5.0-6.0 METs Walking 4.0-4.5 mph 1 mile in 13-15 min Biking, 10 mph Canoeing (4m/hr); Gardening (digging); Skating (ice/roller); Social/square dancing; Softball/baseball (non-game); Stream fishing Handyman work (moving, shoveling); Heavy Carpentry; Putting in sidewalk Raking leaves, shoveling light loads
6.0-7.0 METs Walking/jogging, 4.0-5.0 mph 1 mile in 12-13 min Biking, 11 mph Swimming (breaststroke) Backpacking (light); Badminton; Hiking; Hunting; Horseback riding (trot), Skiing (cross country 2.5 mph); Skiing (light downhill); quare dancing; Tennis (singles) Exterior home building; Lifting, carrying objects (45-64 lb); Shoveling (10/min, 9 lb); Splitting wood Lawn mowing (push mower); Snow shoveling (light snow)
7.0-8.0 METs Walking, 5 mph 1 mile in 12 min Biking (outdoors) 12 mph Swimming (backstroke), 40 yd/min Badminton (competitive); Basketball (non-game); Canoeing (5 mph); golf (carrying bag); Horseback (gallop); Skiing (downhill, vigorous) Ascending stairs with 17 lb load; Lifting, carrying (65-84 lb); Moving heavy furniture; Sawing
8.0-9.0 METs Jog/run 5.5 mph Biking (outdoors) 13 mph Swimming (breaststroke) 40 yd/min Rowing machine; Rope jumping (60-80 skips/min) Basketball (non-game); Handball/squash/racquetball; Mountain climbing; Soccer (non-team); Touch football; Tour skiing Lifting, carrying (85-100 lb); Moving heavy furniture (moving van work); Shoveling (14 lb scoops, 10 scoops/min); Using heavy tools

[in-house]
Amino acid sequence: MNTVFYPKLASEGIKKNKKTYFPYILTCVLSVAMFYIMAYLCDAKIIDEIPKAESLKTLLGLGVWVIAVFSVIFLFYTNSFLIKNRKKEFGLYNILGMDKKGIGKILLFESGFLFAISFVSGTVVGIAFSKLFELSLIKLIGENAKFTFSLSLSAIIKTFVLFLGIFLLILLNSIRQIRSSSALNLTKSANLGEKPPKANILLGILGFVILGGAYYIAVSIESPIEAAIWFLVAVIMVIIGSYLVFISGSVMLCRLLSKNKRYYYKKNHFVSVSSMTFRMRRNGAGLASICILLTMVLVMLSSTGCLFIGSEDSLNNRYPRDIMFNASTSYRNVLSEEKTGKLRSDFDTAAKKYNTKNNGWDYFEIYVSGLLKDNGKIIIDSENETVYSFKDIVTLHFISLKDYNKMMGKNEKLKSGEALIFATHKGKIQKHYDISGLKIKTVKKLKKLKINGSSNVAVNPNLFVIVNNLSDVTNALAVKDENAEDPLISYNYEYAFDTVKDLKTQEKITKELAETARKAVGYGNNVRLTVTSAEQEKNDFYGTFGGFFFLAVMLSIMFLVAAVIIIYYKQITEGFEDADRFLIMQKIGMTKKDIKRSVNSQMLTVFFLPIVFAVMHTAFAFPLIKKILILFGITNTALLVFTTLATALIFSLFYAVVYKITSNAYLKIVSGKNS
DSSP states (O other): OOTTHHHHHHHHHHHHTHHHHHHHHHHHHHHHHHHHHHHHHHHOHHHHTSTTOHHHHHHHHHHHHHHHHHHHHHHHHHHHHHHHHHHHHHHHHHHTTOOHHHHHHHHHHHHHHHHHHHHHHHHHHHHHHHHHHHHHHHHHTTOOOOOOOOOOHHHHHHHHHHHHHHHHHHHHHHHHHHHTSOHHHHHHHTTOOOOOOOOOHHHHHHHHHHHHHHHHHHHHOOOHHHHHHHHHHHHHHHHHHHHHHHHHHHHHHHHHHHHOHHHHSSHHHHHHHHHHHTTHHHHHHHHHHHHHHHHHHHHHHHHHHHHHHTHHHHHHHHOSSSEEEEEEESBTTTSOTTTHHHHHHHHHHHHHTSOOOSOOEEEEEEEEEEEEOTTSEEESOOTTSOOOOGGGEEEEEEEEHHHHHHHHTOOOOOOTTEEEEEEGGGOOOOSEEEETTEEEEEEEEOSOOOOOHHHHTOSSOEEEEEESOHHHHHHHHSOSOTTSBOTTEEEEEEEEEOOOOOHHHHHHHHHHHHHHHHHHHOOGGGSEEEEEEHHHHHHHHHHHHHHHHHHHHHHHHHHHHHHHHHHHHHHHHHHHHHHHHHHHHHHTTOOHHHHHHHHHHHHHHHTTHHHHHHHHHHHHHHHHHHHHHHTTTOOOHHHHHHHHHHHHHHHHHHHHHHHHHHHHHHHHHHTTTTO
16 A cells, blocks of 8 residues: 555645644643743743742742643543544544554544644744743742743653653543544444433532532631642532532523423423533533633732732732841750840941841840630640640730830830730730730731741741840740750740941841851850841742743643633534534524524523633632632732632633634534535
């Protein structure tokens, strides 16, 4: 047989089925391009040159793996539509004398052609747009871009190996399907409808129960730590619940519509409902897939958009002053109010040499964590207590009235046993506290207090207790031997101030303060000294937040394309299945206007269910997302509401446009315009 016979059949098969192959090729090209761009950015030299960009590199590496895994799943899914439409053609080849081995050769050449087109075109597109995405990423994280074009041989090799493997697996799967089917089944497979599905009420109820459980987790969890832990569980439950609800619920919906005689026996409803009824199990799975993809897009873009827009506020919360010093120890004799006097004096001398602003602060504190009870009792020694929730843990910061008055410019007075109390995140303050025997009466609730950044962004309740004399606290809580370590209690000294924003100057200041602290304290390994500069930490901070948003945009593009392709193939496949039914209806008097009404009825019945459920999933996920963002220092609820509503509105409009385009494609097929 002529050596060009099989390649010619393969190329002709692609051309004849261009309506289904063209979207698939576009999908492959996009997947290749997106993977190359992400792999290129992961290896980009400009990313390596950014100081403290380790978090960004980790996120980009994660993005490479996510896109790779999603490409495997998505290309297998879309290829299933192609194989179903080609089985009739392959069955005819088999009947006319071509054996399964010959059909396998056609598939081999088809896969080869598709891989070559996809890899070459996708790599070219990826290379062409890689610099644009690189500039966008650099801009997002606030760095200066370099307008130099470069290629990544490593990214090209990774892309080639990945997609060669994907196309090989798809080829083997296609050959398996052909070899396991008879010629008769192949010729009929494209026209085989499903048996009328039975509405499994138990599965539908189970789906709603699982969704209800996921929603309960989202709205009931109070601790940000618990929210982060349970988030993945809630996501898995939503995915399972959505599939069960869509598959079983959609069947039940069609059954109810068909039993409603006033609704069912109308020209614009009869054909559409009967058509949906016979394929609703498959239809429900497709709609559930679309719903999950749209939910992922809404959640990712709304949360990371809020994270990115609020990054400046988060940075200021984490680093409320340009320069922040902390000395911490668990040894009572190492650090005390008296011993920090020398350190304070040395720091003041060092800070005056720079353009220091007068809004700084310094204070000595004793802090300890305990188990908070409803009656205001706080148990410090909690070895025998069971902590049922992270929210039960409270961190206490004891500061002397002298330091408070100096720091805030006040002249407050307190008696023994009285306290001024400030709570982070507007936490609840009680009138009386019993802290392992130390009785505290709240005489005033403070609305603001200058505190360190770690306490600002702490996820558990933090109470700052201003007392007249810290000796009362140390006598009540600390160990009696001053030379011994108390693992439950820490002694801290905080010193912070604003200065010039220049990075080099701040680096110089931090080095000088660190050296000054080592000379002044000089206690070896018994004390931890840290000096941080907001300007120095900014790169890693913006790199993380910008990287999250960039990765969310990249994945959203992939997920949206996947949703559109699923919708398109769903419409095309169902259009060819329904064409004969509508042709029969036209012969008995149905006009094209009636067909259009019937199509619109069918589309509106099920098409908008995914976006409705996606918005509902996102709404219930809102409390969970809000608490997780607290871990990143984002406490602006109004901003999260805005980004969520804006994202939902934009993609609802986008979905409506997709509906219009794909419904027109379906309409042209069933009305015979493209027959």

9.0-10.0 METs Jog/run, 6 mph 1 mile in 10 min Football (competitive); sledding/tobogganing Heavy labor; Lumberjack; Shoveling (16 lb scoops) Ascending stairs carrying 54 lb
11.0+ METs Run 7 mph (11.5 METs) 8 mph (13.5 METs) Competitive sports: Basketball, Handball, Racquet, Rowing

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Live the Life You Love

How much do you love what you are doing? With your life? With your partner? With yourself? Are you able to look around your life and feel like YES! this is what I want to be doing? If not then it’s time for you to reevaluate your life and how you life it.  Read on to change your life.

First, take stock of what you are doing and why. What drives your daily routine? Is it material items you don’t care about? Is it work that you feel betters the world around you? Is it what you want to do or what someone else wants you to do?

Now I don’t ask these questions with the expectation that you will drop everything to do a 180 in your life today, however you can start small.

The next thing you need to do is figure out what you want to do. Write a mission statement. Begin by writing down one statement that encompasses what you want your life to stand for. Sometimes it can be helpful to start this process with a paragraph about you someone might read at your death. What would you like them to say about you? What is the impact on others and the world you have left behind? Once you have an idea around what you would like your life to stand for write down the why behind your passion. What is the driver of this desire?

Then write down one thing you can do each day to move closer to this living this life. Now start doing that thing every day. My experience has been as I begin with one thing it snowballs and soon I am doing a number of things that support the life I want to live and I am no longer living a life that drains my energy, steals my excitement, and leaves me feeling life – less. Instead I feel life – full.